Yes, the negligent perpetuation of the rumor may be sued on as well. No one has a right to pass on defamatory statements. If they do, they are a viable defendant in your suit, just as is the person who initiated the rumor.

You wrote: "Oh I see why Nora took Tuesday off, it is Mitch's day off. Hahaha. That actually is not defamation, but rather a form of sexual harassment and sex discrimination.

In CA you have two possible avenues of approach to dealing with discrimination. If your goal is to ultimately sue in Federal Court, then you will file a complaint with the EEOC, and if you want to be in the CA Superior Court---local to your county---then you will file with the DFEH and, if you want to, with the EEOC as well.

You may a formal complaint with the CA Department of Fair Employment and Housing alleging discrimination based on your race and/or national origin.

To do this you must first make an appointment with the Department to be interviewed, either over the phone or at a local DFEH office. You may call the DFEH at(NNN) NNN-NNNN or apply on line by using the Department’s "Online Appointment System." The system will guide you through questions to determine whether an appointment is right for you.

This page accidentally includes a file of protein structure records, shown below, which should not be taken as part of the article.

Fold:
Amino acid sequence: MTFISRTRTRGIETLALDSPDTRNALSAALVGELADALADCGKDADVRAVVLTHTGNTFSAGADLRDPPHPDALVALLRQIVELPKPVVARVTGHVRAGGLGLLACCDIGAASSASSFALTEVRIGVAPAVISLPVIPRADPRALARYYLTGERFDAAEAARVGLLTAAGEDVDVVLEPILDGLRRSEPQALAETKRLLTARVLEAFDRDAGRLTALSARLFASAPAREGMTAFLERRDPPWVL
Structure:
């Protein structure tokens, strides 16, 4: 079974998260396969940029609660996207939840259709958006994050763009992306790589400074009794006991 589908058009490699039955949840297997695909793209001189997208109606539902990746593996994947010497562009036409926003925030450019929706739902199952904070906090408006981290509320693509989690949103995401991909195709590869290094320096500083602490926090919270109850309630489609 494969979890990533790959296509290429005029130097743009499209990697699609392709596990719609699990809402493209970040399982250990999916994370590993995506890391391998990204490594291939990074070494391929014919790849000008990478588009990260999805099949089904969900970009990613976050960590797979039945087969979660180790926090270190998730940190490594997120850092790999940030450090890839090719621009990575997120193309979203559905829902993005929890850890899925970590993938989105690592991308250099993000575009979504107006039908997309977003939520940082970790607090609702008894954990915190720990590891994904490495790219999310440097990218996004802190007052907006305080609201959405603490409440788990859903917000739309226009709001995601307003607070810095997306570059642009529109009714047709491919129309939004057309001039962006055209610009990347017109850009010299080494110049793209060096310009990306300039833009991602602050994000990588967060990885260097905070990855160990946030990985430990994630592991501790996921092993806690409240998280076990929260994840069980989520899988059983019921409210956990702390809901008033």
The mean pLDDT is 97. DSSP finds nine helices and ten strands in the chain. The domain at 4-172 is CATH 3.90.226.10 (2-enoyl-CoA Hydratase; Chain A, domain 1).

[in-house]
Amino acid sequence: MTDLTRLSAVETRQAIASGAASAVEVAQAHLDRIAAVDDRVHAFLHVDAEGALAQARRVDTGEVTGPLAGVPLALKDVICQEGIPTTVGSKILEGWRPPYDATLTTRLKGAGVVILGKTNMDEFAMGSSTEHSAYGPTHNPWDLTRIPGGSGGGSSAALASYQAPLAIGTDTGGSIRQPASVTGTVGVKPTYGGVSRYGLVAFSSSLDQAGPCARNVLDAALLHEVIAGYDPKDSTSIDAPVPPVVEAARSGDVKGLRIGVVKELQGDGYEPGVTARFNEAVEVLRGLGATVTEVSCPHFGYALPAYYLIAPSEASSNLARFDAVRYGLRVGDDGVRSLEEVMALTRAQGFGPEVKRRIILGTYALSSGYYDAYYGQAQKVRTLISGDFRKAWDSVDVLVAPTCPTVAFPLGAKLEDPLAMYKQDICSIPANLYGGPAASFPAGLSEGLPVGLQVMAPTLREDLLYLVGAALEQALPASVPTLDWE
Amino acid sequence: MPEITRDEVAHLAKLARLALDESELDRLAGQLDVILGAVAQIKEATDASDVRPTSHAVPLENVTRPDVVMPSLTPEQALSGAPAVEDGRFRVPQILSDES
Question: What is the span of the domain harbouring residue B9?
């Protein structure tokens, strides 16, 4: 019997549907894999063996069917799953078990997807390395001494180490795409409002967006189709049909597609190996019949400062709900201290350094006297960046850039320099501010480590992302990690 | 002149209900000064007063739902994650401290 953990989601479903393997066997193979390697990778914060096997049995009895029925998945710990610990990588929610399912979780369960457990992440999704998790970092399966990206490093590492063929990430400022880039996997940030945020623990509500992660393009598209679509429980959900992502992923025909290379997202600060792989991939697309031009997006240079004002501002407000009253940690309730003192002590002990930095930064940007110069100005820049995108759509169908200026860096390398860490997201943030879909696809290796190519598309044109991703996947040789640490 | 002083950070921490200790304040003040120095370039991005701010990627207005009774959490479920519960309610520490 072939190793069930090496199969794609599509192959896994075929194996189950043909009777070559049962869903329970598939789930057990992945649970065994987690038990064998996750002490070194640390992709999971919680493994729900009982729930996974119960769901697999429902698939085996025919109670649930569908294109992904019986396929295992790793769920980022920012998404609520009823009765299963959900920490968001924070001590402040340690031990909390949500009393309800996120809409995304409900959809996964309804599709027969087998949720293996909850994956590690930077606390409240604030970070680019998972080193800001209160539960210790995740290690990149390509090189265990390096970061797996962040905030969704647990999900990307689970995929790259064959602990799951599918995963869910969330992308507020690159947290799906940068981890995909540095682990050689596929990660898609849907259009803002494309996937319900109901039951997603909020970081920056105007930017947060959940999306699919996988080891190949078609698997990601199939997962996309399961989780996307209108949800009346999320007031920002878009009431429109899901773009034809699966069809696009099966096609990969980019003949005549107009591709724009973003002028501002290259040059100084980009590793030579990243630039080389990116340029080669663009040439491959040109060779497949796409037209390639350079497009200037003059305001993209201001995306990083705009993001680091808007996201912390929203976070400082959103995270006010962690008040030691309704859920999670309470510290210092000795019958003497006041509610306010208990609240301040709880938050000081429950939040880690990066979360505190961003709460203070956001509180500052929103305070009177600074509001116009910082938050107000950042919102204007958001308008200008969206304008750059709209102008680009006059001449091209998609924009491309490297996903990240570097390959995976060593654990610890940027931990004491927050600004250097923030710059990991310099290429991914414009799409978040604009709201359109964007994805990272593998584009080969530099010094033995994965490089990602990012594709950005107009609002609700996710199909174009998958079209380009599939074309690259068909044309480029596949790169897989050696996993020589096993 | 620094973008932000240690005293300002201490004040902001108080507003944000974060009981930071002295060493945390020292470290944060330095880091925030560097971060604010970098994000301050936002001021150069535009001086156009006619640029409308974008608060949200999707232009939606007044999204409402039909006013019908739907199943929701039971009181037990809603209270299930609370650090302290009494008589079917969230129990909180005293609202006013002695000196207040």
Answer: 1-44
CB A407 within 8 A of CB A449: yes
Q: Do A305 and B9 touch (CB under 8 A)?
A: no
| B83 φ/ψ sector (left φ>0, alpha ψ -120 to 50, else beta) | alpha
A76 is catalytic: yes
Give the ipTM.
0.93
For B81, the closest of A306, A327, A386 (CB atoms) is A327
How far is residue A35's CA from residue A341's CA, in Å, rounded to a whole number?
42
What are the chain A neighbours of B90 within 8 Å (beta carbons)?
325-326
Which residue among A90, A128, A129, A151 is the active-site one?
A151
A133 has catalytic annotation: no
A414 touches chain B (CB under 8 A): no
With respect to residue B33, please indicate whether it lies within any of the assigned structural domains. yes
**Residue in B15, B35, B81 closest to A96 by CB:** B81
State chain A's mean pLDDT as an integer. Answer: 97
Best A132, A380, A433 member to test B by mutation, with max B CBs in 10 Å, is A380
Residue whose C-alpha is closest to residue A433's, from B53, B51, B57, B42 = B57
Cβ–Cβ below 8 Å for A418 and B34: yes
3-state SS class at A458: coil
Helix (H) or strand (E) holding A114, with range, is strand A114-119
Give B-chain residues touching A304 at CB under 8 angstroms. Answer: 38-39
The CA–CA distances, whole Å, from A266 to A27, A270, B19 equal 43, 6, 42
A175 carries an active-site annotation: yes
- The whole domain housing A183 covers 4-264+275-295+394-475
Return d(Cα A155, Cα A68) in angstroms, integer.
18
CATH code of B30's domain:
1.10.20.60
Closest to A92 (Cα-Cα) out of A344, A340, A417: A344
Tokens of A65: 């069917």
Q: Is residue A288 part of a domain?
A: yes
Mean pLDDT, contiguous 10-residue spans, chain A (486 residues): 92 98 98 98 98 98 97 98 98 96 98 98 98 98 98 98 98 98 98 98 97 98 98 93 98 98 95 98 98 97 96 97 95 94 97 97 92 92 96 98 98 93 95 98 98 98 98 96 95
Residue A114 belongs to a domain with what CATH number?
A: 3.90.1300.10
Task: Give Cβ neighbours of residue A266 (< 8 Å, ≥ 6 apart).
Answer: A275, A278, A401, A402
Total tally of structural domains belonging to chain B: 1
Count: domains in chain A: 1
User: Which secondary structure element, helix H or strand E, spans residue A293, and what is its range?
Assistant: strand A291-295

Alternatively, you may file a complaint with the EEOC (Equal Employment Opportunity Commission). If your company has 15 or more employees, they are prohibited from discriminating against you. To file a complaint with the EEOC, contact the nearest Equal Employment Opportunity Commission field office. To be automatically connected with the nearest office, call(NNN) NNN-NNNN EEOC website:

Federal law specifically prohibits discrimination, based upon the Ethnicity, Color, Religion, National Origin, Age, Sex and Disability of an individual, with regard to hiring, promotion and firing.

After you file the complaint, your employer will be prohibited from any retaliatory action against you. The EEOC will investigate your claim, and 180 days after the filing of the complaint you may ask for a "right to sue letter". The EEOC will issue you the letter which gives you the right to institute a private civil action against your employer and seek monetary damages


I wish you well.